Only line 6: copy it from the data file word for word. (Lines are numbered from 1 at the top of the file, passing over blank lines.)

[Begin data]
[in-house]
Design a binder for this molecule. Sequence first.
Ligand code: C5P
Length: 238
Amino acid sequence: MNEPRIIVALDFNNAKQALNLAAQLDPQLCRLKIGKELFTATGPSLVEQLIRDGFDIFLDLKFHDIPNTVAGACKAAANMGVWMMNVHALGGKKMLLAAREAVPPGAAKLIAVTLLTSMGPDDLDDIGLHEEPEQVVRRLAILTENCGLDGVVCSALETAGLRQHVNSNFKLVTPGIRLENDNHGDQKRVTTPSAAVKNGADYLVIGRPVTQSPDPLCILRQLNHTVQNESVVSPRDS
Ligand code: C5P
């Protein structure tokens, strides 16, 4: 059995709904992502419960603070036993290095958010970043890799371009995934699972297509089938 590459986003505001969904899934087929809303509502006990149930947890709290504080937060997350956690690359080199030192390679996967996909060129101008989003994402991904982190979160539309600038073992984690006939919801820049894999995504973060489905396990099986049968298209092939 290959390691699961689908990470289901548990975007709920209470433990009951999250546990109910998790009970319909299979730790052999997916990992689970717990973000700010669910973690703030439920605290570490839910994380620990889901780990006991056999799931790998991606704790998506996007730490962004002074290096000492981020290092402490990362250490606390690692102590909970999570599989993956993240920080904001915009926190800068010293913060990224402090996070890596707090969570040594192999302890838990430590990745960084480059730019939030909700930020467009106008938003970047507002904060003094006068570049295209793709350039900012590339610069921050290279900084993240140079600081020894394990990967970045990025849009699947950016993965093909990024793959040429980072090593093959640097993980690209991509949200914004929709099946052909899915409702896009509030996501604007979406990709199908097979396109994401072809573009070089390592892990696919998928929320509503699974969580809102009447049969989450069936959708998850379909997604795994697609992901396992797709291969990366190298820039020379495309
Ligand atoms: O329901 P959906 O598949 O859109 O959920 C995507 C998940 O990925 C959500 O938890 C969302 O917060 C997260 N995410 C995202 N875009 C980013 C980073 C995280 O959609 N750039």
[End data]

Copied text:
Ligand code: C5P